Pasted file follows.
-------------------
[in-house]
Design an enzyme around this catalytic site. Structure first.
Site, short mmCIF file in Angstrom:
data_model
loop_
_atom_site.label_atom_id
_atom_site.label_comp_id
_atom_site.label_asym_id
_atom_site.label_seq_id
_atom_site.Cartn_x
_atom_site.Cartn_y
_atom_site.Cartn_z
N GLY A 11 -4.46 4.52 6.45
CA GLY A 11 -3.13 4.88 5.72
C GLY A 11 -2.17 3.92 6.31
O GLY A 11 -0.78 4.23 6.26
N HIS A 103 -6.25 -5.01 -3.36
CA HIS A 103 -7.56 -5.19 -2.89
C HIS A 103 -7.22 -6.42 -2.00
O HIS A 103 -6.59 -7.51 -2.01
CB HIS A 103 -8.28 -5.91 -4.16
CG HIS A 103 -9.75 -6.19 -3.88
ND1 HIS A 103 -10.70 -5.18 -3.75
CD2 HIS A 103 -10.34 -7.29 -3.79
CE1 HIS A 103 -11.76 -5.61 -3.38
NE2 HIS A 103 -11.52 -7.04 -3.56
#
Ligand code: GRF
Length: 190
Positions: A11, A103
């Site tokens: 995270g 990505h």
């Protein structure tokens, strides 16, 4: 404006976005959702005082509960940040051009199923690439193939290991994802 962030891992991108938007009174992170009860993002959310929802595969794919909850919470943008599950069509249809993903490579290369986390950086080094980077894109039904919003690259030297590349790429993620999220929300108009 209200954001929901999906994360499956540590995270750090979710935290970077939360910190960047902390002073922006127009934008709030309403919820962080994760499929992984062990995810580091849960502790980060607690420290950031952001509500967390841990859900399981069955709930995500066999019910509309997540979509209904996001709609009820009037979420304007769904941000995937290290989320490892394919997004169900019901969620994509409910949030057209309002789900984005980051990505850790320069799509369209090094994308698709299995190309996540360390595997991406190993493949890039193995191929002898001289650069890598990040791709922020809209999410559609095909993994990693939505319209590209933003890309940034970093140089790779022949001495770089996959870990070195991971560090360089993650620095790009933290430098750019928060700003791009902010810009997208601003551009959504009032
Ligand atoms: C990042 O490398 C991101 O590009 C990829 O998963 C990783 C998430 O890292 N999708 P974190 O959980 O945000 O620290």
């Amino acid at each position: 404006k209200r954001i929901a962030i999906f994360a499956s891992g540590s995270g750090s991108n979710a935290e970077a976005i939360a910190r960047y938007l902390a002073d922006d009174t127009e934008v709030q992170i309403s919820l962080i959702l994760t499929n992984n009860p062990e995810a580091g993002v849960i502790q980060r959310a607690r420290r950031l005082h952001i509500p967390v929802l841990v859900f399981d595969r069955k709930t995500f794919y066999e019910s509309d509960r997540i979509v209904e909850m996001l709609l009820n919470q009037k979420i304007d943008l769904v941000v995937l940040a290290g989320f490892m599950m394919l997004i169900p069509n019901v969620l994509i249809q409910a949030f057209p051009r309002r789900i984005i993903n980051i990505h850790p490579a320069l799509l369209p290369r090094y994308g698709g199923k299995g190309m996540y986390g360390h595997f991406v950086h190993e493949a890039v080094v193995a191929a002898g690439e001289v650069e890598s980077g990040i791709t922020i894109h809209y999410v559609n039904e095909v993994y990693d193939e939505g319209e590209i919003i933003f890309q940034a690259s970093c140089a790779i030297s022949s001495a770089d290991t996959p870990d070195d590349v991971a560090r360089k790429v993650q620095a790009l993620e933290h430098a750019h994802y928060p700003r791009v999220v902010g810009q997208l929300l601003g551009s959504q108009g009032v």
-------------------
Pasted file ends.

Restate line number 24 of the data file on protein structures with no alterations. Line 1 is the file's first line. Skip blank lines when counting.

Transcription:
CD2 HIS A 103 -10.34 -7.29 -3.79